In the final version of Dodd-Frank, the Volcker Rule ended up looking much more like the Corrigan Rule.
Banks were allowed to own or sponsor hedge funds and private equity funds and even to invest in them as long as their holdings did not account for more than 3% of the bank’s capital or 3% of the fund’s capital.
The ban on proprietary trading exempted dealing in government and agency securities. Regulators were charged with deciding what other types of trading would be considered proprietary and which would be deemed market-making. Of course Mr. Volcker was disappointed with the final version.
Goldman Sachs Chief Financial Officer David Viniar, who told analysts in January that “pure walled-off proprietary trading” accounted for about 10% of the firm’s revenue, said in October that the company had closed one such business and was waiting to see if the rules would require other changes.
While the Dodd-Frank Act is the most sweeping financial legislation in decades, creating a consumer-protection office for financial products and a council of regulators charged with monitoring systemic risk, it does not fundamentally change a US banking system dominated by 6 companies with a combined US$9.4T of assets.
The law will not prevent lenders with federally guaranteed deposits from gambling in the derivatives markets, though it will place restrictions on some types of contracts, and require more transparent trading and central clearing. It does little to solve the danger posed by leveraged firms reliant on fickle markets for funding.
So, some are now saying that the legislation that was enacted is worthless, though it requires more transparency, disclosure and a series of things that are useful, even though it falls short of what some think should have been done.
The US Treasury Department takes a more positive view. The law “fundamentally changes the landscape of our financial regulatory system for the better,” said Steven Adamske, a Treasury spokesman, and it puts in place the strongest consumer protections in history, he said.
The biggest financial companies increased their spending on lobbying in the 1st 9 months of Y 2010 as they sought to influence the legislative outcome, according to Senate records.
JPMorgan’s advocacy spending grew 35%, to US$5.8M from US$4.3M, while Goldman Sachs’s rose 71% to US$3.6M.
Even as they were spending more on lobbying, the largest US banks cut their political giving for the Y 2010 elections.
Of the 10 biggest financial firms, only Goldman Sachs, MetLife Inc. (NYSE:MET), and the US subsidiary of Deutsche Bank AG (NYSE:DB) spent more from their political action committees during the Y 2009-2010 election cycle than they did in Y 2007-2008, according to Federal Election Commission filings.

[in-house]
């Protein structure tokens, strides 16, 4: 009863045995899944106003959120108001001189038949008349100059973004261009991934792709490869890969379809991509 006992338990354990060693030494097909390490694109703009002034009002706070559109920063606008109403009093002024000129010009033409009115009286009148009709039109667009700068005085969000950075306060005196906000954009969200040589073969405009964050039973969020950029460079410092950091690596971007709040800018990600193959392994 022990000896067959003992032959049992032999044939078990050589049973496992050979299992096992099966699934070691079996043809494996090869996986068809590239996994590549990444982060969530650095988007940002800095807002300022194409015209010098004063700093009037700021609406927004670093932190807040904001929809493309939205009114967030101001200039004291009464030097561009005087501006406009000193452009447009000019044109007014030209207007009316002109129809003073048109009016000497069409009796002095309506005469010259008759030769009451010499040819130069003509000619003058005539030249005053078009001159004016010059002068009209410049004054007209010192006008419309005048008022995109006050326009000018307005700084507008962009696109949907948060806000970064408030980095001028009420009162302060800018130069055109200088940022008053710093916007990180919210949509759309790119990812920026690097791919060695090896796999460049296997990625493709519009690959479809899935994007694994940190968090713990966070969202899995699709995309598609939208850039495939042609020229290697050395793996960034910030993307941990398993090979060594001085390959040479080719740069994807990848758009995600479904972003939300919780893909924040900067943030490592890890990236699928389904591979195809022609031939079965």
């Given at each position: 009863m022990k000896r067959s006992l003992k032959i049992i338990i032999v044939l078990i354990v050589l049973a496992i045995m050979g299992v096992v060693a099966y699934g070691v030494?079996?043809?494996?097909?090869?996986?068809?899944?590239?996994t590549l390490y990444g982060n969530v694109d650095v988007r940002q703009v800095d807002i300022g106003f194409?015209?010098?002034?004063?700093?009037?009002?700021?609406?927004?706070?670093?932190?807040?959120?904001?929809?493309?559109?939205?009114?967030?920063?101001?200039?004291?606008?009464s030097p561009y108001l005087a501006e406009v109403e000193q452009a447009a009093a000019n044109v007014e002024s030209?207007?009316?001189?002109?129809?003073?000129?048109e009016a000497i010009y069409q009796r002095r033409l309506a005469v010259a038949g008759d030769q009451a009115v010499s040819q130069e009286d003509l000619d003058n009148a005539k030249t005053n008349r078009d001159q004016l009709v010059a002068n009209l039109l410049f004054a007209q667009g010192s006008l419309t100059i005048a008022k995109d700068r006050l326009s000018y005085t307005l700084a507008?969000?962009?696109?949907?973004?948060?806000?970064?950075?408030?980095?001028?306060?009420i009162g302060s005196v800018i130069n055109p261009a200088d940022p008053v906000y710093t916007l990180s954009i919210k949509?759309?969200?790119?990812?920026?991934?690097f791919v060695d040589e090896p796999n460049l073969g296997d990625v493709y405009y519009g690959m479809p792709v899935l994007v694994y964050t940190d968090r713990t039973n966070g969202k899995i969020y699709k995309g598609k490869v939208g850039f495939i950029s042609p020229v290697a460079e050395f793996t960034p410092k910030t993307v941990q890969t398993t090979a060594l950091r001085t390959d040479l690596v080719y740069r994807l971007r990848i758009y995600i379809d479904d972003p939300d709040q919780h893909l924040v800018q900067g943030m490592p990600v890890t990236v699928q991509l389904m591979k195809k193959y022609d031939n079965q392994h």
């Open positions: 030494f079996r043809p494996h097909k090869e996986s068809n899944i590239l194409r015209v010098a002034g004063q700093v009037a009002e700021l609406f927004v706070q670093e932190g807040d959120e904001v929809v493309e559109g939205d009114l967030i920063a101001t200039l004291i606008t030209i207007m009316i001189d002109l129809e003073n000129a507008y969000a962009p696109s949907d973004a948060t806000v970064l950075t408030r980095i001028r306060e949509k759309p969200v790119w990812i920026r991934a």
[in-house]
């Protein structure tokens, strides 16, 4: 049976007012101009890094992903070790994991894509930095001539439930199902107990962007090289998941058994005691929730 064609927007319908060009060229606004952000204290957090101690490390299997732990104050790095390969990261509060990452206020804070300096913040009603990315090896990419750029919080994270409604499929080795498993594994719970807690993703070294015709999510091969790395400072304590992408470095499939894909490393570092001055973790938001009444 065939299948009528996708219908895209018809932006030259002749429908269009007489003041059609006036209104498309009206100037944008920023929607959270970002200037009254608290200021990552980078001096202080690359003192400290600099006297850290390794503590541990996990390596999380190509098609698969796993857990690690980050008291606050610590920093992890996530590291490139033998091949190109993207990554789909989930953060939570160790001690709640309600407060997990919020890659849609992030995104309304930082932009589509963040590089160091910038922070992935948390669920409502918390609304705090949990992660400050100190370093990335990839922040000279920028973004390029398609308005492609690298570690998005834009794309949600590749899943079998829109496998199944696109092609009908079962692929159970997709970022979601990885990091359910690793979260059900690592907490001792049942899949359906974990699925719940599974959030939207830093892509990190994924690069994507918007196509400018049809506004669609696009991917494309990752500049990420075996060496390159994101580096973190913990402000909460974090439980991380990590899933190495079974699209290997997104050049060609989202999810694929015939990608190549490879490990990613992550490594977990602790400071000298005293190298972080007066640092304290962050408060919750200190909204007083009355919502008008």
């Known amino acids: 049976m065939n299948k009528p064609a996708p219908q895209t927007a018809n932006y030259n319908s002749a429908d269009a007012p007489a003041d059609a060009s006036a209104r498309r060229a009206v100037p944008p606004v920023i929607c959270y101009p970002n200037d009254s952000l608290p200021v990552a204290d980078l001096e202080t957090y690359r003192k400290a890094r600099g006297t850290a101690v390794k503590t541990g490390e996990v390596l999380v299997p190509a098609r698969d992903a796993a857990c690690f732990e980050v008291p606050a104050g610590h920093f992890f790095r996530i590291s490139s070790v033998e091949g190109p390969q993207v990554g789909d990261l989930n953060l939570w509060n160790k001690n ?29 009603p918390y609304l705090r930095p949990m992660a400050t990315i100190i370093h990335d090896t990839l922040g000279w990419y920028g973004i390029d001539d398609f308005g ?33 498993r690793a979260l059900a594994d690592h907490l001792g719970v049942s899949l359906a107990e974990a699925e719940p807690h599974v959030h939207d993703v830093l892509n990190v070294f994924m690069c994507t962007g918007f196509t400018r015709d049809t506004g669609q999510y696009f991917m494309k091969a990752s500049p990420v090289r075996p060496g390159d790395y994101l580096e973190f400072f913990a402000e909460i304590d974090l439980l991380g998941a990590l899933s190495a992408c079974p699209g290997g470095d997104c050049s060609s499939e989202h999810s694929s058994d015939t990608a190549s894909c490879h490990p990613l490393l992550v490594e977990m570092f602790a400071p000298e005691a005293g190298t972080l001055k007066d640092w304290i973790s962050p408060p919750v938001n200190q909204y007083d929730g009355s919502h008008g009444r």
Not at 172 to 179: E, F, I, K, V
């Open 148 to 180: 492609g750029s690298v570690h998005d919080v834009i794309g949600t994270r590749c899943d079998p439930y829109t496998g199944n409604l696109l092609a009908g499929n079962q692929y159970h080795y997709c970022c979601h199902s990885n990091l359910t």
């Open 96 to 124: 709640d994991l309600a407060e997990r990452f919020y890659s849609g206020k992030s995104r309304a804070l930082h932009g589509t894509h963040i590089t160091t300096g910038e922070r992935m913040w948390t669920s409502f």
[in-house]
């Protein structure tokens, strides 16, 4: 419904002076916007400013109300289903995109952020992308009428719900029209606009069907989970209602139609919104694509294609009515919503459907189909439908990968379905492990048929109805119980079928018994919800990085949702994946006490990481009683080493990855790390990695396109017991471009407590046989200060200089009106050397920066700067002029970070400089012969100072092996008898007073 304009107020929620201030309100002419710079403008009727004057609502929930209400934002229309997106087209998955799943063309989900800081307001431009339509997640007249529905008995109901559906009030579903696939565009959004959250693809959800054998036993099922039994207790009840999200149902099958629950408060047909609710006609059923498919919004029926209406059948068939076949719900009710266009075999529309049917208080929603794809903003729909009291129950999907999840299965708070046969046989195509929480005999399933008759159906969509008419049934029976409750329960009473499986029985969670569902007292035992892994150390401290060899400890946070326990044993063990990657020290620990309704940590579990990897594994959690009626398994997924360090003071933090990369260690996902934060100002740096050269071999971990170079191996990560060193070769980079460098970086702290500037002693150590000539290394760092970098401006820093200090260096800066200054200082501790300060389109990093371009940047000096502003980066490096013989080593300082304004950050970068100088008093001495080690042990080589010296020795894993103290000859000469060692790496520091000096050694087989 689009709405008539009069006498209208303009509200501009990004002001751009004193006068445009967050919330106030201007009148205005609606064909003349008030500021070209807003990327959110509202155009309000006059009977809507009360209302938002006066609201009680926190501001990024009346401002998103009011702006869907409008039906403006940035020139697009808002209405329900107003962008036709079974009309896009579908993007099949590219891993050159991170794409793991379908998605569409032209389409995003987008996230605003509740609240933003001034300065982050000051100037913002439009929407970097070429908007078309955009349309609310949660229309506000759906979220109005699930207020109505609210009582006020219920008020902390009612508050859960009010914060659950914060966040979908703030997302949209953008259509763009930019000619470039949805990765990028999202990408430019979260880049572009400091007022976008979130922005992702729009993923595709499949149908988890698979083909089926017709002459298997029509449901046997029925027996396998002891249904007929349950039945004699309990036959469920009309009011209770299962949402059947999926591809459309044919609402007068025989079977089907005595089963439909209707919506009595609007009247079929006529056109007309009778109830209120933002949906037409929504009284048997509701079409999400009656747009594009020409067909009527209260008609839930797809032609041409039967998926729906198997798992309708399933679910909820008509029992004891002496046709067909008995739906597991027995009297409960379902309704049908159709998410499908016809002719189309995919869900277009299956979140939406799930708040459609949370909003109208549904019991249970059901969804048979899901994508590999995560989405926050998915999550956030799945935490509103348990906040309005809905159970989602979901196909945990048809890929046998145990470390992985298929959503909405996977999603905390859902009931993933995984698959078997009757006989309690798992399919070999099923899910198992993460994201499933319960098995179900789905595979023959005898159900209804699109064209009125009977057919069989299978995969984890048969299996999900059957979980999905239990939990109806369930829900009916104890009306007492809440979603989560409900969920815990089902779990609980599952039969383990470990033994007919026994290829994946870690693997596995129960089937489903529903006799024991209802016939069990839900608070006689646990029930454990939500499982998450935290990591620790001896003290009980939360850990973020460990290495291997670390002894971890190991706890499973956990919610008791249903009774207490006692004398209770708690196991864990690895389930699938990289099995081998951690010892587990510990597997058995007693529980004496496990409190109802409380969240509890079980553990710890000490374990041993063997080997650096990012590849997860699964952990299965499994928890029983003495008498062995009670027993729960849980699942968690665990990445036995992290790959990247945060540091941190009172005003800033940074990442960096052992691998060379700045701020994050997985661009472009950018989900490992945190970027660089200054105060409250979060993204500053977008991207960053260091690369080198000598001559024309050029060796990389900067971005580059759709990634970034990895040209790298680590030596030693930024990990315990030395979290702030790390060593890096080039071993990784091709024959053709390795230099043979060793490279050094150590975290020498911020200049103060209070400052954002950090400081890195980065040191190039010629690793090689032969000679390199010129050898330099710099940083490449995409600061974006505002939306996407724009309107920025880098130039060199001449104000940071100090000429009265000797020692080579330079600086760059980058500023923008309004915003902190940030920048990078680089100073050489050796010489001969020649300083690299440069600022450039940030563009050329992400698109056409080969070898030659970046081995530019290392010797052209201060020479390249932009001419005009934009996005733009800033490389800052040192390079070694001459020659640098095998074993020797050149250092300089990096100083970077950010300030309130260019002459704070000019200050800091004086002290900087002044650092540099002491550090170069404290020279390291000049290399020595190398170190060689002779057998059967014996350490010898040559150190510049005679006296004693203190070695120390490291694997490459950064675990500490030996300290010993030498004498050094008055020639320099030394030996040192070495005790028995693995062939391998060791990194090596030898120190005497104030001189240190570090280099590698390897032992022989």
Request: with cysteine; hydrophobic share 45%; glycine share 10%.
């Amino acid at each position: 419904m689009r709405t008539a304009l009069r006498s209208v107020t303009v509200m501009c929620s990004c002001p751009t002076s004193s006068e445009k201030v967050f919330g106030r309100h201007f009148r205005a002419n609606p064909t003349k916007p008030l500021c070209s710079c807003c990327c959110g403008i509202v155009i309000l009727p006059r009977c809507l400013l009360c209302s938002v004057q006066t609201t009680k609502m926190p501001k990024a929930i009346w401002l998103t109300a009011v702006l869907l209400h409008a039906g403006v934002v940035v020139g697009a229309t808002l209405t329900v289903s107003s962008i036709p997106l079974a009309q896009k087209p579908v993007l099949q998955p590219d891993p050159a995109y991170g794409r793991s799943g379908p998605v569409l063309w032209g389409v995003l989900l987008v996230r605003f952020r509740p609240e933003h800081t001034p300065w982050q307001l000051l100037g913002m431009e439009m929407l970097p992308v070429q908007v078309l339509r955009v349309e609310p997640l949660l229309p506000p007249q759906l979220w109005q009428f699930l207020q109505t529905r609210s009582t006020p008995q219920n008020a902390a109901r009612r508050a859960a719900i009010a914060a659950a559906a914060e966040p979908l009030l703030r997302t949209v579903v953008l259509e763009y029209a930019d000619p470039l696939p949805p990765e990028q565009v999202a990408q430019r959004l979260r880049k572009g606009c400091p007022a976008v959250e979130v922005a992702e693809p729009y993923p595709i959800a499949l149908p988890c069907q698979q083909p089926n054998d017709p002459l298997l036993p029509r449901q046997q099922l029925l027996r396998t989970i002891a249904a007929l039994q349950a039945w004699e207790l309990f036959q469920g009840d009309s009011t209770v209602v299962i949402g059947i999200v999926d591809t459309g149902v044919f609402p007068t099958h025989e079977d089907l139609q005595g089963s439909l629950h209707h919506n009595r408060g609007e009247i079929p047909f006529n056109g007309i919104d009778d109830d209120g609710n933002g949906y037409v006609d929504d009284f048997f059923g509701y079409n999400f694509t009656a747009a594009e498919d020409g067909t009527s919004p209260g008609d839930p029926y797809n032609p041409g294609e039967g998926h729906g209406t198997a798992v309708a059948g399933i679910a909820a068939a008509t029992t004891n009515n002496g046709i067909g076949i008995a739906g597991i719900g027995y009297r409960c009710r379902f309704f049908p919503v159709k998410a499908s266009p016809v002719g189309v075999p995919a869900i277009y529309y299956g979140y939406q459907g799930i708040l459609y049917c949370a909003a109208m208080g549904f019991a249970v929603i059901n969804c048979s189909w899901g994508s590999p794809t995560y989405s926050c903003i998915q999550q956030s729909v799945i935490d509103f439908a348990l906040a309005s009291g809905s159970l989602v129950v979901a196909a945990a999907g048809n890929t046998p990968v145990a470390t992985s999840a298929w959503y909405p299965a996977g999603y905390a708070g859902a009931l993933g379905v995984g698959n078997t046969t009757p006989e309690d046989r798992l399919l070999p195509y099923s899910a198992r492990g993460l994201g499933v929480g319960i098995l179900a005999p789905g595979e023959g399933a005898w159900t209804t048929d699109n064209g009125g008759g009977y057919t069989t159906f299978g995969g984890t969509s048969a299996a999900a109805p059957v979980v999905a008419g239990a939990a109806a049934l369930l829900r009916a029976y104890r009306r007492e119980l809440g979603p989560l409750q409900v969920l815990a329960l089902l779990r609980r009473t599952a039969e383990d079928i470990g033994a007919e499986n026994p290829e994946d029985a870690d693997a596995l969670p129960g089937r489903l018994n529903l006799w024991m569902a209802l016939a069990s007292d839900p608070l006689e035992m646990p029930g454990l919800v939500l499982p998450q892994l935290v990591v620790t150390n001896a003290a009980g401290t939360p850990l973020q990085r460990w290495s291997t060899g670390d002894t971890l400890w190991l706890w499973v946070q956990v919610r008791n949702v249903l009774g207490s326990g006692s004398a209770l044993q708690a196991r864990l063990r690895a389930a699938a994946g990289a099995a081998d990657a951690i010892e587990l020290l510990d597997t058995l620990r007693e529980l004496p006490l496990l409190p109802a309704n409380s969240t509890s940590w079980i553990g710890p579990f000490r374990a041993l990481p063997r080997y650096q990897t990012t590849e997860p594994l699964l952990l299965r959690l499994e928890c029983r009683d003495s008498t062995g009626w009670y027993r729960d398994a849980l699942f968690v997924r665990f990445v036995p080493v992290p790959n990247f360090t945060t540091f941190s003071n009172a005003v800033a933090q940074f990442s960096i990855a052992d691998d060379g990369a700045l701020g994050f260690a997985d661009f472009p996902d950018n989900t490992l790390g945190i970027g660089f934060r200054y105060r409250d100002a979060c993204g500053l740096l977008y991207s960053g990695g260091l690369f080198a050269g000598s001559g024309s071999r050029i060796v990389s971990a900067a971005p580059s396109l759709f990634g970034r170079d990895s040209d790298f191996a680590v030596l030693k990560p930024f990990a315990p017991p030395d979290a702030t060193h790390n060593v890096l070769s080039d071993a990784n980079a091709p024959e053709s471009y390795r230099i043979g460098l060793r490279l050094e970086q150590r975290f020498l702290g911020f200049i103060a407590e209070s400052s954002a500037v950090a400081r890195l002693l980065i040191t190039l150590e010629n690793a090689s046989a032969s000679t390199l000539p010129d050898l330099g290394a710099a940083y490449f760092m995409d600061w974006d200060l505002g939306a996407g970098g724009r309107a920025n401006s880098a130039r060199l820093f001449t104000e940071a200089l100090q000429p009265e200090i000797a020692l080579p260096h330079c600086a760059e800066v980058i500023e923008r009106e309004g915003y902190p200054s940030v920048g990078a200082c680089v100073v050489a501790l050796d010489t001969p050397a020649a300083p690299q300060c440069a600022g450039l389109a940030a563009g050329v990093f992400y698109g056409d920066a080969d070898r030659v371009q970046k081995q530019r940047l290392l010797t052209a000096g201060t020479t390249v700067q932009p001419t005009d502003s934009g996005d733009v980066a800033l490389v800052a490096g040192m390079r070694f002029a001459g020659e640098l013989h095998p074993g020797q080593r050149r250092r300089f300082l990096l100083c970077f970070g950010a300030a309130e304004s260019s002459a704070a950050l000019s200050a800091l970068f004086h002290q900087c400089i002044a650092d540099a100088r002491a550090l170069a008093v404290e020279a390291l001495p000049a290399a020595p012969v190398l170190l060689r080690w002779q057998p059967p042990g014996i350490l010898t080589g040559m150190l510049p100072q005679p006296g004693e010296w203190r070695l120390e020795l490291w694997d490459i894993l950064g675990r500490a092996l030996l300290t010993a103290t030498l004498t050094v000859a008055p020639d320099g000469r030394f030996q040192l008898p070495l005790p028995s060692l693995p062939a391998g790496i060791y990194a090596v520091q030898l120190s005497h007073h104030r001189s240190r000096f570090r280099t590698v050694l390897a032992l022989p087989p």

The decrease was partly because of the economic slump, and also because some members of the US Congress refused to take donations from banks that received federal funds during the crisis.
The financial industry is very good at hiring people with experience in Congress and government, which gives it an edge in understanding the best tactics to use.
Last month Citigroup recruited former Obama administration budget director Peter Orszag as a Vice Chairman in its Global banking business, and Goldman Sachs hired Theo Lubke from the New York Fed, where he oversaw efforts to make the derivatives market safer. Research shows that lawmakers are more susceptible to lobbying on issues that are complex, technical or economic, which benefits the banks.
Even in areas that are not technical, such as bonuses, the financial industry was able to resist tough regulation.
With polls showing strong popular support for limits on pay, former British Prime Minister Gordon Brown pressed for a tax on banker bonuses and one on financial transactions to deter speculative trading.
President Obama did not go that far. Instead, the administration appointed Washington lawyer Kenneth Feinberg to review pay for the 100 Top executives at firms receiving “exceptional assistance” from the Troubled Asset Relief Program TARP). Mr. Feinberg ordered cuts at Bank of America, Citigroup and AIG, as well as at 2 bankrupt car companies, and their finance divisions.
The US administration, opposing any pay caps, urged regulators to require changes that would better align compensation with risk, such as paying bonuses in restricted stock. Several banks responded by raising bankers’ salaries.
So far this year, 5 Wall Street banks, Bank of America, JPMorgan, Citigroup, Goldman Sachs and Morgan Stanley, have set aside more than US$91B for salaries and bonuses.
In early Y 2010, Virginia Senator James Webb and California Senator Barbara Boxer, both Democrats, proposed an amendment to a jobs bill that would have imposed a 50% tax on any bonuses above US$400,000 collected in Y 2009 by executives at banks that received at least US$5B in TARP funds.
The US Chamber of Commerce opposed the tax, and urged Senators to reject the idea because it “would hamper efforts to resolve the ongoing financial crisis, restore economic growth, spur job creation and is likely unconstitutional.”
The Bill did not make it to a Vote.—Paul A. Ebeling, Jnr. www.livetradingnews.com